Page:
MeridianLink is a Southern California software company that provides a suite of products for the financial sector, specifically credit unions. One of their products, LoansPQ, integrates loan origination, core processing and internal banking software. I was hired as a UX Consultant for one year to address and resolve several issues with the application.
The current LoansPQ in-branch software is "legacy level" in regard to the UI and UX. This stems from the system being built in the early-to-mid 2000's; the system grew rapidly in both functionality and number of users.

Product development resources were primarily committed to reaching increasing client demands for additional functionalities and customizations. Consequently, the LoansPQ UX was in dire need of an upgrade.

“I get hammered on how ugly it looks and how not intuitive it is. It looks like 1989”.
The Problem
MeridianLink asked me to take on the project of redesigning LoansPQ from the ground up. I proposed undertaking a three-phased approach which consisted of Discovery, Design and Test.

To that end, I methodically interviewed stakeholders, analyzed the feedback, created wireframes and prototypes and created a new paradigm for LoansPQ.

We successfully redesigned LoansPQ, iteratively testing with internal and external stakeholders, to create a streamlined and modern product.
The Solution
I performed contextual inquiries at three credit unions, all MeridianLink customers, over one week observing several end-user doing their day-to-day work.

Post inquiries, user task flows were committed to paper and pasted up for myself and stakeholders to review and discuss.

This yielded rich information on the task flow, leading to an understanding of the loan officers' goals, motivation and pain points.
Contextual Inquiry
Task flow diagrams synthesized the information gathered from the contextual inquiry and presented a visual representation of the day-to-day tasks the user employs.

There were several types of users and a task flow diagram was produced for each.

This allowed us to visually see pain points in the flow and highlighted areas for improvement in the process.
Task Flow Diagrams
Stakeholder interviews were conducted with open ended questions, lasting one hour per user type.

It’s here that we found out what the end-user’s pain points are as well as the intentions and constraints experienced by the internal stakeholders.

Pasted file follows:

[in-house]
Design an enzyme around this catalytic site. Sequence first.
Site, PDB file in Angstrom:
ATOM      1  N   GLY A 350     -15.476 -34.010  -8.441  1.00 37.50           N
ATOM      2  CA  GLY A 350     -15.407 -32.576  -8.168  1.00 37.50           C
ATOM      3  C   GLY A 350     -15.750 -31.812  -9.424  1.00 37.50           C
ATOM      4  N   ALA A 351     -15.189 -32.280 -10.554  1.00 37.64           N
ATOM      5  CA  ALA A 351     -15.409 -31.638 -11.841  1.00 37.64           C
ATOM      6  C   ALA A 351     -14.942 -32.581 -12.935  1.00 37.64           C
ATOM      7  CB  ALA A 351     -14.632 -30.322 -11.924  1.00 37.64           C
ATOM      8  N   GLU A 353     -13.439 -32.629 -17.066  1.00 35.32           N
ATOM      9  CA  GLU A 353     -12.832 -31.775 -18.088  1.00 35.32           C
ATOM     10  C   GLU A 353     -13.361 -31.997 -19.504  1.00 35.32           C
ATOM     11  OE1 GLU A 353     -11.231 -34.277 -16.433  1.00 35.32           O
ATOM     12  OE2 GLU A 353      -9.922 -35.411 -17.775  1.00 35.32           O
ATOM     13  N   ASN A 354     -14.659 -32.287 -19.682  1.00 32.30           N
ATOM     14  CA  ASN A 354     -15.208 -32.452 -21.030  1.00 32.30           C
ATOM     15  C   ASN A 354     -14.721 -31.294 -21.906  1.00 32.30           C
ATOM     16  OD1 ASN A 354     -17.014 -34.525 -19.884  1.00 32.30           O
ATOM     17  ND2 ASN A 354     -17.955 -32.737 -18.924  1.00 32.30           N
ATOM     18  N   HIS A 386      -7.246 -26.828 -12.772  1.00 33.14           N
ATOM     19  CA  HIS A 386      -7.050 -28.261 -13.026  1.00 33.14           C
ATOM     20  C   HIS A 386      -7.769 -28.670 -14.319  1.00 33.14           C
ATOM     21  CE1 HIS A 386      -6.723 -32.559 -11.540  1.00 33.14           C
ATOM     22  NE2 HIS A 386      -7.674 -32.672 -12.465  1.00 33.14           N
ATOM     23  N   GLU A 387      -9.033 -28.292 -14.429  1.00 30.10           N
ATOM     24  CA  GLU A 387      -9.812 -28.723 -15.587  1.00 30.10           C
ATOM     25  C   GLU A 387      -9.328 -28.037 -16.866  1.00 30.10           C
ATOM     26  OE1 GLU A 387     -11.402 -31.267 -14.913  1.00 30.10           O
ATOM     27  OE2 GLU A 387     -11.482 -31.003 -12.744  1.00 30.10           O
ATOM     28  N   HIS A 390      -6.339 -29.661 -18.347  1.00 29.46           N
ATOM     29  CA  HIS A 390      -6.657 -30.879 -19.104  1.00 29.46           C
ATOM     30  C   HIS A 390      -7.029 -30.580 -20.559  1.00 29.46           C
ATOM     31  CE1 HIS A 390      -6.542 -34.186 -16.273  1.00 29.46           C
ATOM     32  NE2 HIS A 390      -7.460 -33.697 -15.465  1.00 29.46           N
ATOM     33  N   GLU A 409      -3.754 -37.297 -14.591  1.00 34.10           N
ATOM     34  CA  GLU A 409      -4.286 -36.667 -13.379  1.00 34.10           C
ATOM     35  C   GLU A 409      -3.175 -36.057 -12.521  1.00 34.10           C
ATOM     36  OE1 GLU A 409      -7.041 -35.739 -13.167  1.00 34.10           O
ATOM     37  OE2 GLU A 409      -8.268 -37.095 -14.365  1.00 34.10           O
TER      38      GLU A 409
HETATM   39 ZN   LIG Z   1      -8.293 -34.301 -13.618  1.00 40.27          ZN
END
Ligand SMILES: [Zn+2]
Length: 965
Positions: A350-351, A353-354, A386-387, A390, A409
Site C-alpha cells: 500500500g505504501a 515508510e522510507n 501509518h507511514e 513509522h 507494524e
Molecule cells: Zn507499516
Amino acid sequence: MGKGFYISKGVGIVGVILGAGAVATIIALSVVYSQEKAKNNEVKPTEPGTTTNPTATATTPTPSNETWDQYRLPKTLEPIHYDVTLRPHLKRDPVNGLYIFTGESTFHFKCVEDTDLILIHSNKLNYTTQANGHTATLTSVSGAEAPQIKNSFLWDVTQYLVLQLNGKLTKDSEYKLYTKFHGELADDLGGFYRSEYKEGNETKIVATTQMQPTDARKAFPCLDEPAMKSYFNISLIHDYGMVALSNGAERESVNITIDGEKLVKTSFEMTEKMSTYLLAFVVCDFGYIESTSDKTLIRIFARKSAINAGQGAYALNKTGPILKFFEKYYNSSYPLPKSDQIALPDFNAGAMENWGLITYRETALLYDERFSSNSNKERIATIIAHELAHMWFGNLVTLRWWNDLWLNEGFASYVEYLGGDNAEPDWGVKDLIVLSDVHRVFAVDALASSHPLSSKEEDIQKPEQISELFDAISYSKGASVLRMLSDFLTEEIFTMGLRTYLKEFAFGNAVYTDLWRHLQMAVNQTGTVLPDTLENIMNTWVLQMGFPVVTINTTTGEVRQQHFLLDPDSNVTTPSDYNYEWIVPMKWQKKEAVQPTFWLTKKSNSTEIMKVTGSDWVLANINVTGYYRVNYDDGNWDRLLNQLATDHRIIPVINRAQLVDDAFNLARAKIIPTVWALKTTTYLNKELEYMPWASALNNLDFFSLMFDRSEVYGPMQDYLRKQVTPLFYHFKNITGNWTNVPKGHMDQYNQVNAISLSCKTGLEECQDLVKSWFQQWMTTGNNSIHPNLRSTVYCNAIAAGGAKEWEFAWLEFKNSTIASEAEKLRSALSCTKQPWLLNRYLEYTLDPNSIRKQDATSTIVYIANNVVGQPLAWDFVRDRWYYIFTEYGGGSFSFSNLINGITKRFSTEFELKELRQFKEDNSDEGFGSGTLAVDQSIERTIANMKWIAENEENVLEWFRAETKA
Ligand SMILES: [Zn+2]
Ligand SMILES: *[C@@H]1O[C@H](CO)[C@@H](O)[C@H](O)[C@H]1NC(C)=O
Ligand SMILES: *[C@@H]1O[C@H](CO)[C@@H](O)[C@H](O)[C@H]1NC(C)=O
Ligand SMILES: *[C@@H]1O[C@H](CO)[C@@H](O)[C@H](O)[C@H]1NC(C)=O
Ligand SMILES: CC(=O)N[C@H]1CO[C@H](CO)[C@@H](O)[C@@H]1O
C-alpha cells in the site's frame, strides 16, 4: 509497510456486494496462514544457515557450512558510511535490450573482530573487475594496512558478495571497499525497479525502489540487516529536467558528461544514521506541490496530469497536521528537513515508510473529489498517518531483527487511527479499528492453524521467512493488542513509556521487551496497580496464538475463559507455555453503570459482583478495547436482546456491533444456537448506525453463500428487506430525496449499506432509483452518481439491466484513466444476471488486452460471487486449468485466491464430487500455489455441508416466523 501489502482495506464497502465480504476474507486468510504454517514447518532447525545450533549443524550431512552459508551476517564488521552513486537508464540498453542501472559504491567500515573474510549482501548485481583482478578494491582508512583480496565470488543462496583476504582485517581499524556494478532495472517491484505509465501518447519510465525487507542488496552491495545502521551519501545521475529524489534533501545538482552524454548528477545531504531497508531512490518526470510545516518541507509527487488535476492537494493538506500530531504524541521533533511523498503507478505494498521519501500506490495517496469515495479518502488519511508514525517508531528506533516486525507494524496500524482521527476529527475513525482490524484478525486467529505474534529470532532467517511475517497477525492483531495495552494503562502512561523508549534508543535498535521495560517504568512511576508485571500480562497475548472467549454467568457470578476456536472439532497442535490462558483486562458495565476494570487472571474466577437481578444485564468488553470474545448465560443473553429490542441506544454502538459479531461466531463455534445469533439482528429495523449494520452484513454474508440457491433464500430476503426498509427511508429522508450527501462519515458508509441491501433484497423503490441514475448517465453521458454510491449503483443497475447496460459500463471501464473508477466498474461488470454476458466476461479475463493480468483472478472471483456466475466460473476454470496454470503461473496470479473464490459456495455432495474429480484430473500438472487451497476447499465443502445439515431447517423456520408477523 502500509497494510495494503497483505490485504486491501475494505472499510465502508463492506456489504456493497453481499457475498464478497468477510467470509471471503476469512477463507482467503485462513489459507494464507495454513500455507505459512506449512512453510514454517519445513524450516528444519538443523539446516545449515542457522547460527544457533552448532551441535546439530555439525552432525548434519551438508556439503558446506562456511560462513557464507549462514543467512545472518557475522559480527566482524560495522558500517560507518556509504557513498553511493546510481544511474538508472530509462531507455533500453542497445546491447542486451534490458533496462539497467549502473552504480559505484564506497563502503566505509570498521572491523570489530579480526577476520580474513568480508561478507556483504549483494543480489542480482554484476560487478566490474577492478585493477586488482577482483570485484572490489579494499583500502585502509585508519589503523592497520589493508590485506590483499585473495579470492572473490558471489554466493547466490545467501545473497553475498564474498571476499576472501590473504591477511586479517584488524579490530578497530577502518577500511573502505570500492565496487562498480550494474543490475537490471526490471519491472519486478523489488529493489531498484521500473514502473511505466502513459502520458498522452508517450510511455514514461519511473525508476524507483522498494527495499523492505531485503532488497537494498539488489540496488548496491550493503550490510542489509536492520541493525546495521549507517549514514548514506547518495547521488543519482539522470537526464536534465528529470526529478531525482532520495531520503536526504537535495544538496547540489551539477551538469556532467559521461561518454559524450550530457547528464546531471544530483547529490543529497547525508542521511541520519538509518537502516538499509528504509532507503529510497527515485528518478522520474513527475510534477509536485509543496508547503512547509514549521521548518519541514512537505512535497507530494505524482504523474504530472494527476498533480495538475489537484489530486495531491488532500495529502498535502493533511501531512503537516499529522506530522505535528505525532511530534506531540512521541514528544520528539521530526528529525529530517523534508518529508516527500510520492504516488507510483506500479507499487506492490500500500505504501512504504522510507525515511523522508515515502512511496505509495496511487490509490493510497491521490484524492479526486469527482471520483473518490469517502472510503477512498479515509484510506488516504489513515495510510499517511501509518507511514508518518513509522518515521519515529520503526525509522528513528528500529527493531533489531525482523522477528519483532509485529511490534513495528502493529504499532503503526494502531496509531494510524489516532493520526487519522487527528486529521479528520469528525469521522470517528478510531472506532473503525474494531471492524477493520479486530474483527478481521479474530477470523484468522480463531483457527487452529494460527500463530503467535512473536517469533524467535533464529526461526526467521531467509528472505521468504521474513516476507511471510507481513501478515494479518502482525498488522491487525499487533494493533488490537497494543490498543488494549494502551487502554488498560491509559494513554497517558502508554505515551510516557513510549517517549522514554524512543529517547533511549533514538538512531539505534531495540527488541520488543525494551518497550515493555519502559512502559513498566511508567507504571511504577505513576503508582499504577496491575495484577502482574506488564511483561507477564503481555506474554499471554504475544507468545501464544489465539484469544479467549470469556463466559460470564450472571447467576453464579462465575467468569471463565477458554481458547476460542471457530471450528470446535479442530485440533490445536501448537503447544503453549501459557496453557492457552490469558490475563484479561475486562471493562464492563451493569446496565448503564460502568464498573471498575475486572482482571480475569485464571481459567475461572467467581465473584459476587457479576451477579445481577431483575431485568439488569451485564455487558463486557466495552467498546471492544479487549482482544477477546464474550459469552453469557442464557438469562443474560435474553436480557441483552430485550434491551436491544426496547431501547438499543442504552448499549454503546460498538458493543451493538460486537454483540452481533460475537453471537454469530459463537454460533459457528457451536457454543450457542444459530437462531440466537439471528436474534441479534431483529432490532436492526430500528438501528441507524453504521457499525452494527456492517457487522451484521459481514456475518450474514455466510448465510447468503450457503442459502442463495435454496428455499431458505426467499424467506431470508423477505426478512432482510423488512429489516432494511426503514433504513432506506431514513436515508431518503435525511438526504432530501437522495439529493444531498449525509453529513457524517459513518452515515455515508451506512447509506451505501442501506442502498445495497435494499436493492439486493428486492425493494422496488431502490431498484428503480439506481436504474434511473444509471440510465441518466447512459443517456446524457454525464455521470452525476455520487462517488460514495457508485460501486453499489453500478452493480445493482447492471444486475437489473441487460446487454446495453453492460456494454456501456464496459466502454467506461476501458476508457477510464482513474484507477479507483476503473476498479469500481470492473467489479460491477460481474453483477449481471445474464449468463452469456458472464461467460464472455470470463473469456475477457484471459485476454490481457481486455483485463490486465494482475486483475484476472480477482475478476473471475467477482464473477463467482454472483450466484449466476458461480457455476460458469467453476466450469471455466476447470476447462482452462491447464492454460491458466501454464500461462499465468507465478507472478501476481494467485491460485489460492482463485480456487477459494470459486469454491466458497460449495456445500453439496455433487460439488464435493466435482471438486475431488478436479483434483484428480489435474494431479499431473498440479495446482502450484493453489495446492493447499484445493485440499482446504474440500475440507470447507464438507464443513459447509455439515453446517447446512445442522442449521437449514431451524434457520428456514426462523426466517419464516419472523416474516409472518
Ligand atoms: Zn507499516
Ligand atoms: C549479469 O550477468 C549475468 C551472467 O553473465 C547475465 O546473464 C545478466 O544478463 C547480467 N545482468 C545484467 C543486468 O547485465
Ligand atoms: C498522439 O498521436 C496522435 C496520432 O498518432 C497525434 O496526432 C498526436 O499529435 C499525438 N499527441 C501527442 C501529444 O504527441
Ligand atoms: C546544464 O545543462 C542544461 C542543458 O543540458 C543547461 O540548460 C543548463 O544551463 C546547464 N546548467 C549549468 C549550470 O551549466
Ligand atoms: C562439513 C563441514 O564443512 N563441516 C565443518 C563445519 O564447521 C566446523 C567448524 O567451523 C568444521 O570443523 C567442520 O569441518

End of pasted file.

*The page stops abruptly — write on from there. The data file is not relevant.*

The deliverable was a report with general recommendations for possible improvements to the user experience.
Understanding Users with Stakeholder Interviews
A persona describes who the ‘composite’ user is, and how they use the system.

I created personas for each user type
to give a human aspect to the user – someone that we could all relate to.

Personas were shared company wide
to help developers, sales and marketing remember the people we were building systems for.
Defining the Users with Personas
A journey map synthesizes personas, task flows, contextual inquiries and stakeholder interview highlights into one visual document.

This holistic view was invaluable towards understanding the users’ tasks, goals and emotions during their journey.
Journey Maps - a Holistic View
A design pattern is a reusable solution to a design problem.

People, by nature, seek out patterns in everyday life – we are hard wired to do so. Why? Because recognizing patterns is an efficient way to make sense out of all the visual and audio input we process every minute. Patterns help us to formalize rules internally to interpret information we receive externally.

The purpose of this document was to define the commonly used patterns that make up the system so they may be repeated easily and provide for consistency in the application.
Creating the Design Pattern
The wireframes centered on space allocation and prioritization of content, functionalities available, and intended behaviors.

Through these wireframes a pattern became clear maintaining the consistency that persisted throughout the application.
Wireframing for Structure
The visual design phase is where the design is fleshed out with a focus on color palettes, fonts, and graphical treatment.

This was an iterative design phase that was very popular with stakeholders as they saw the application begin to take shape.

A total of five visuals designs were produced initially and, after user testing one was selected.
Visual Design
Prototypes were developed using Axure and were fully functional.

The prototypes were used to uncover any problems and discover potential for improvement before any coding began by the development team.

Next, we were ready to test!
Prototyping for Usability Study
Several usability testing sessions were conducted on the wireframes and prototypes to gain insights into how the users regarded the new UI by gathering quantitative as well as qualitative data through testing and a SUS Survey.

MeridianLink and their customers were very excited about the new UI.

The new design achieved MeridianLink’s goals – redesign the product to be more user-friendly, easy to learn and more modern looking. Production began in Q2 2018.
Usability Testing for Results